Golf and “Geek Speak”: The Physics Behind the Sport
Despite the size of his golf club collection, you won’t find Dr. David Lee out on the green or keeping tabs on the Masters Tournament next month. He’s more interested in the physics behind the sport than playing the sport itself—an interest that began 20 years and several patents earlier, when the startup where he worked, Liquidmetal, began manufacturing golf clubs from newfangled metal.
After a few stops at other startups, he began his work as a consultant materials scientist for golf clubs at Nike and was later invited to join Golf Digest’s “Hot List” Summit, a panel of experts that meet annually to test and rate the quality of new golf clubs for placement on their annual “Hot List,” released every year.
“A golf club is not really viewed as a piece of technology,” Dr. Lee says, “yet it really is a high-tech instrument nowadays. Maybe not so much in the past, but it is now.”
Golf Digest’s Hot List Summit features several teams of people who test and rate golf clubs in a variety of ways. “There are five or six of us on this technical panel and we get together every year,” he explains. “The new clubs come in, and the manufacturers submit technical data showing why their innovations are real and helpful. We try to evaluate that. Our analysis goes into the formula that Digest uses for their ratings of the clubs.”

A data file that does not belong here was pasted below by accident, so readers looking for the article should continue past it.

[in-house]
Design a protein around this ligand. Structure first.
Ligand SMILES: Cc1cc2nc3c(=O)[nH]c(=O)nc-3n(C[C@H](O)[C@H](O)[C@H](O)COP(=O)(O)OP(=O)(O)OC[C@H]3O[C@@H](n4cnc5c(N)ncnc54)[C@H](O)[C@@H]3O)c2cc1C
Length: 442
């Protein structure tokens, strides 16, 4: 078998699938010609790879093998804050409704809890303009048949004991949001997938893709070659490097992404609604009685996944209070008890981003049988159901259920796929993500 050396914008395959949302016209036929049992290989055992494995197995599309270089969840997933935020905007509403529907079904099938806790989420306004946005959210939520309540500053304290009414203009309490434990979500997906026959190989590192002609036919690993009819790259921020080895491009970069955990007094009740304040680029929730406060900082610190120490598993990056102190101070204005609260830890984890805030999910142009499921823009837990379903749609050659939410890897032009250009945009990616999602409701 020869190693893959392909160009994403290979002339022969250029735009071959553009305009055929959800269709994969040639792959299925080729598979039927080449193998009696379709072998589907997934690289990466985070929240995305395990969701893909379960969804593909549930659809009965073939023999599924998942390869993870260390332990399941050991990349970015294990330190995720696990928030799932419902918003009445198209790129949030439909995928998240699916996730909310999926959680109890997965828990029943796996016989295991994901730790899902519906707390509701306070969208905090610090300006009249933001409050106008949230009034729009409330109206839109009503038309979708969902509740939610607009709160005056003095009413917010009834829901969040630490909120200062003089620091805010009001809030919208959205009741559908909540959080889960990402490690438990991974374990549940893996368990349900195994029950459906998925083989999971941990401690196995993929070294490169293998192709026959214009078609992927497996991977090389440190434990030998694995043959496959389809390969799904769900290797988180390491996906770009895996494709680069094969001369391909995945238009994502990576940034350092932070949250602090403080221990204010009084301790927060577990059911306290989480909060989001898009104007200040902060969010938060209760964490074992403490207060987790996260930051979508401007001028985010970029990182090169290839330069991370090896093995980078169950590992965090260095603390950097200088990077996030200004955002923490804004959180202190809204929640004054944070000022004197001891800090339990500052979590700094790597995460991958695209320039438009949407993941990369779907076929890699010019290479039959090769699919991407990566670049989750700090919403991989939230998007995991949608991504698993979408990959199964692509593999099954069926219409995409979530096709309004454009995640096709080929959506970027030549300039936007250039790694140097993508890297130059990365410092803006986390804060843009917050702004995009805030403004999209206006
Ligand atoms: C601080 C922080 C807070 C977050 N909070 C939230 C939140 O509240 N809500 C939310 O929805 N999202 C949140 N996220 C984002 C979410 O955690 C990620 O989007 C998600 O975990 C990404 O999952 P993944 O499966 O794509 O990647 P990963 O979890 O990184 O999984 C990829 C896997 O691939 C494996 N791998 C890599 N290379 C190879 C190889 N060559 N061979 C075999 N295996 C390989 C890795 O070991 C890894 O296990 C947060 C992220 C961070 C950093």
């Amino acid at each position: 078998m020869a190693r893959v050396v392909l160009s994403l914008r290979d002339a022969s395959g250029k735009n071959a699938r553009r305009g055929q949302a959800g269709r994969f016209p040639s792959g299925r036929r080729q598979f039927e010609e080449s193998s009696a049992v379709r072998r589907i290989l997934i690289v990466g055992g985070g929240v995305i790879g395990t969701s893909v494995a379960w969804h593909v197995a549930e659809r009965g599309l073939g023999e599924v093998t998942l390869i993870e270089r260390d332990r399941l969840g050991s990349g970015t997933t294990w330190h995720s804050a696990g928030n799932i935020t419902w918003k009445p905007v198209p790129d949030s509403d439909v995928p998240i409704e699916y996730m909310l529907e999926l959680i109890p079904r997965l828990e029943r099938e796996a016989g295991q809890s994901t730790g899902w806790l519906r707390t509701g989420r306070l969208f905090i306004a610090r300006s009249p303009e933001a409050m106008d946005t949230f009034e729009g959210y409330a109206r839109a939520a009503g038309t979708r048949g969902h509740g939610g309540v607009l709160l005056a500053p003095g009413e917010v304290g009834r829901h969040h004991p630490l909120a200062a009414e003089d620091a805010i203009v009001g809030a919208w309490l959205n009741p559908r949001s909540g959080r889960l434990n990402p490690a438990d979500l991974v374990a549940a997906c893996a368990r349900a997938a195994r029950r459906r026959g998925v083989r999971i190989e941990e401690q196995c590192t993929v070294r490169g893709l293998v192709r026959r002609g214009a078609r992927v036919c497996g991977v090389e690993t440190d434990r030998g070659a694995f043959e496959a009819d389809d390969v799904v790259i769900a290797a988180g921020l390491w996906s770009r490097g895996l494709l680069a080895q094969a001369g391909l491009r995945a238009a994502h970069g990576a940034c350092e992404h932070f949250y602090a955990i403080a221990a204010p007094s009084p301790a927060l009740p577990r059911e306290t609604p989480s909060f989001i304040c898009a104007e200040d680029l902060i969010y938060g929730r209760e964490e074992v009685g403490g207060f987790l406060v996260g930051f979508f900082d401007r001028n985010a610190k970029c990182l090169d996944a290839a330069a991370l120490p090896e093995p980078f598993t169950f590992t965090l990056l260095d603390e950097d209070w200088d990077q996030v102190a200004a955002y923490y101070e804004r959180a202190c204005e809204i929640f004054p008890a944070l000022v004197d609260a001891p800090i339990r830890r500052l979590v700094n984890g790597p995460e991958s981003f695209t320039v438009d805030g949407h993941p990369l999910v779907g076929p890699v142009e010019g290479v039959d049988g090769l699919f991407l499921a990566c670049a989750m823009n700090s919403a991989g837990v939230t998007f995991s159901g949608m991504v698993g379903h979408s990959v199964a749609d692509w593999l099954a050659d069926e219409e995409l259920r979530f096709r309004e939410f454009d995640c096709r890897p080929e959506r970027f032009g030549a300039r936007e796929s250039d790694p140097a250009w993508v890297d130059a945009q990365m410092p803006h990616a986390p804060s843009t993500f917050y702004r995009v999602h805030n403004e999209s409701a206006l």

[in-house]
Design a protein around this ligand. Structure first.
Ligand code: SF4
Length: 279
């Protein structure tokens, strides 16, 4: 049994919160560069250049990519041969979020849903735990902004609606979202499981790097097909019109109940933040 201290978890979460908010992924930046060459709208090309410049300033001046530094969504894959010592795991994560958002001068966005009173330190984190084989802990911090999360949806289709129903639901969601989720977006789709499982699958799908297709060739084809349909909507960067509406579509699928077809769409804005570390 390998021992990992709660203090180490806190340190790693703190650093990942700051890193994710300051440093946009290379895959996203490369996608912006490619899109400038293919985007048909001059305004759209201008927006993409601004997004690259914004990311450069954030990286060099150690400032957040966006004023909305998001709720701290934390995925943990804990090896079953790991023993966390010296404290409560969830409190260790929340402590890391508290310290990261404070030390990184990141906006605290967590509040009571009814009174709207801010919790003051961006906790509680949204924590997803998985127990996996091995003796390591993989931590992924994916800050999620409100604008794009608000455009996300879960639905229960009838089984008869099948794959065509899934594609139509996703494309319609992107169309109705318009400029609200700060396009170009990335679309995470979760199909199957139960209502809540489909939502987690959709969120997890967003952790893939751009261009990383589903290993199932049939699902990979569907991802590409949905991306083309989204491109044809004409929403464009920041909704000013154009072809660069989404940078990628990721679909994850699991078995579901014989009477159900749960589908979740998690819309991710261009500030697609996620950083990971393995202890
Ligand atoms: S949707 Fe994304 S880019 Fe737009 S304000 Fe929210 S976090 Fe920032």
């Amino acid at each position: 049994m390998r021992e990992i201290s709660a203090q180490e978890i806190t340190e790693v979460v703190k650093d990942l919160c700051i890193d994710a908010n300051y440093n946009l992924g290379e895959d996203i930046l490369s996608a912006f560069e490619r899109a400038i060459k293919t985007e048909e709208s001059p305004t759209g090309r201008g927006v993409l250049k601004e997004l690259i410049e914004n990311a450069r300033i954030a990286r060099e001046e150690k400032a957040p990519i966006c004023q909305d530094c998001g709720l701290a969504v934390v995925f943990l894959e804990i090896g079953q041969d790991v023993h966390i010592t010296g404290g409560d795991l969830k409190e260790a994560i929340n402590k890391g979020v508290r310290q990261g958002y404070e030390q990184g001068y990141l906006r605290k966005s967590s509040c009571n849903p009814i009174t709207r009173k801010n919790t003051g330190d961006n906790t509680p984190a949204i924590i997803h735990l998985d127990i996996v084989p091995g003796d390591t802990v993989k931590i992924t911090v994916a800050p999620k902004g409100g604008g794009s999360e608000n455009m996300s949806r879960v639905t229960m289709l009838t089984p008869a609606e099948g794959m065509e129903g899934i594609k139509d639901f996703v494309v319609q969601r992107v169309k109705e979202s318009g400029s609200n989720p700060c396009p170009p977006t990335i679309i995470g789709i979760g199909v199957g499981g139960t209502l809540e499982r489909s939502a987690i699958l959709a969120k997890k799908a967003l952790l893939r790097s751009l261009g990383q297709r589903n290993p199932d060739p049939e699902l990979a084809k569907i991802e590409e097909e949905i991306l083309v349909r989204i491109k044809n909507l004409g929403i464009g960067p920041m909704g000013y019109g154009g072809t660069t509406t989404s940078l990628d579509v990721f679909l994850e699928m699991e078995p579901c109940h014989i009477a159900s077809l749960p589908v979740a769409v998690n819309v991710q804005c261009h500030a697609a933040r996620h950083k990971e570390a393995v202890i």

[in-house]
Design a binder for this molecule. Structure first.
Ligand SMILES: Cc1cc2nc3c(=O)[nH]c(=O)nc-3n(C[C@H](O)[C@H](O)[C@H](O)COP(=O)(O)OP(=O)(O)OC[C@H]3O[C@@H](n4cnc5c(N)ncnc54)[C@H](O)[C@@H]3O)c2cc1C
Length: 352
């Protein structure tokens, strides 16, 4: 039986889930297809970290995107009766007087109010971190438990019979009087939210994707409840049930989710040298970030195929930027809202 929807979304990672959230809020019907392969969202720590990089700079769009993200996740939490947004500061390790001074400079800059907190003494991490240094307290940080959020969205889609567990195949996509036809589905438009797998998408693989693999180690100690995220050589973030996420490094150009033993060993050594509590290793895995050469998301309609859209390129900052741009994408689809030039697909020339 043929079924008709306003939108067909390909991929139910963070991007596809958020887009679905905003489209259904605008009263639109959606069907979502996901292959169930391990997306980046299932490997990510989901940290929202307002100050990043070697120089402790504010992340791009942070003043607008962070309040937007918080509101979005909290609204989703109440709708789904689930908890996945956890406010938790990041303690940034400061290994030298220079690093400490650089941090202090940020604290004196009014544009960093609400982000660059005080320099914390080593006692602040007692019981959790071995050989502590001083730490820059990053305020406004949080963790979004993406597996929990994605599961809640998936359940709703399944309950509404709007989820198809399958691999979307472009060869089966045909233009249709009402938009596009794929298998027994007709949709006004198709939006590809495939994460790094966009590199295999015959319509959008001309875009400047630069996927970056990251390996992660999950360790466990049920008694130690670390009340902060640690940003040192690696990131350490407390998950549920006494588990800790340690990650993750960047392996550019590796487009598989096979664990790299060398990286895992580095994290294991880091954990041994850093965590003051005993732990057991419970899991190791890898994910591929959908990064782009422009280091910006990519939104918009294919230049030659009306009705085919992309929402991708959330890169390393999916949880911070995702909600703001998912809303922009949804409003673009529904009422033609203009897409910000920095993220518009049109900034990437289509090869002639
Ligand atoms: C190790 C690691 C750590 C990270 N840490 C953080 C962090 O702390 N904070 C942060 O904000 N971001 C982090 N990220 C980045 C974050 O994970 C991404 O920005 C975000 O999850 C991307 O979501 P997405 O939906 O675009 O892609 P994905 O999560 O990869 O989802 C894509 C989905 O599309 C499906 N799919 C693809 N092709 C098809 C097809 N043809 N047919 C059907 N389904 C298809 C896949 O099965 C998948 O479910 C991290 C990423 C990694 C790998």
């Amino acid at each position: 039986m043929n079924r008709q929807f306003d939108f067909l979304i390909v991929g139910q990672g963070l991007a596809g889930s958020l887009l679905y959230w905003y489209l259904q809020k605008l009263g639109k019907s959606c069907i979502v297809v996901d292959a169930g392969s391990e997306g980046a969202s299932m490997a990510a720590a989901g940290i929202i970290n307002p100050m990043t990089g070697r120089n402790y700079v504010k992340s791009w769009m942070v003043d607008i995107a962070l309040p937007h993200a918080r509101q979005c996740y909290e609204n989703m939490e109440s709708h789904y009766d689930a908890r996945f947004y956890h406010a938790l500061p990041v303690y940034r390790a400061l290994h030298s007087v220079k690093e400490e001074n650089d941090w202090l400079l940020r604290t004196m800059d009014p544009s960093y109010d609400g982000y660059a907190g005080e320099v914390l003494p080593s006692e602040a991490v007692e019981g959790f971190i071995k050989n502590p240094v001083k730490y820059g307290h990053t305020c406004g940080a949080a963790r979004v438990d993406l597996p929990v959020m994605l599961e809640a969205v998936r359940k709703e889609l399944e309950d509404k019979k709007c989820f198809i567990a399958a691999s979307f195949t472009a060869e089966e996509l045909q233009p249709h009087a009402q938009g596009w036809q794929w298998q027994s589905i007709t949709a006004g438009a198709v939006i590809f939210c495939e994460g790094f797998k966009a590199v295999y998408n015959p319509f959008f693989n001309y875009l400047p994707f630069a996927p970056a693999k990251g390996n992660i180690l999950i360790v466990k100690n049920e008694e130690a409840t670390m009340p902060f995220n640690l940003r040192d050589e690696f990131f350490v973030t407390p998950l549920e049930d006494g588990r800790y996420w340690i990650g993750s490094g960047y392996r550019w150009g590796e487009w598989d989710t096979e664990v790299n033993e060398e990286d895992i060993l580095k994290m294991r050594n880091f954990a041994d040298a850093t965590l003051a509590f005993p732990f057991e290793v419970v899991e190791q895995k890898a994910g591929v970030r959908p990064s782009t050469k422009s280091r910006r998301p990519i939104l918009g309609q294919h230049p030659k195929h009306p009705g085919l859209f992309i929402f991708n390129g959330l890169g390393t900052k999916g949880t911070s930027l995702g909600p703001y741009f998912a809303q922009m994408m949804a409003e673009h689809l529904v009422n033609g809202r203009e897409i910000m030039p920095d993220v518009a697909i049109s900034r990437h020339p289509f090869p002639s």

The technical panel analyzes different aspects of the physical golf club, and how various features might affect the golfer’s game. For example, in a club like a driver, they might examine how technical features ultimately impact the distance, trajectory and accuracy of the ball off the tee. In a club like a wedge, they might look at how features affect its ability to hit controlled shots out of the rough.
What physical features impact performance like that? “In a driver,” Dr. Lee says, “the design may affect things like the club’s center-of-gravity, its moment-of-inertia around different axes or the ball’s launch angle and spin rate as it leaves the face of the club.” Since most golfers don’t hit the center of the face, the design may determine how the club performs on off-center hits; other clubs may incorporate features such as adjustability to add value. “It is fun to see the creativity of the design engineers as they explore new ways to build a better club,” he says.
“My role in the ‘Hot List’ is really about material selection,” Dr. Lee explains. “Why did the manufacturer choose certain materials, and what are their properties in this situation? How does the material perform in conjunction with the other materials in the system and what tradeoffs had to be made in the design? I like to study why different materials have the property that they have and how those properties can be tailored or improved, thus allowing them to be utilized in novel ways.”
Plus, he jokes, “most people find the ‘geek speak’ about golf interesting.”
Check out this year’s “Hot List,” featuring the best golf clubs of the year, chosen by Dr. Lee and his team.
By Megan Harvey ’19, communication arts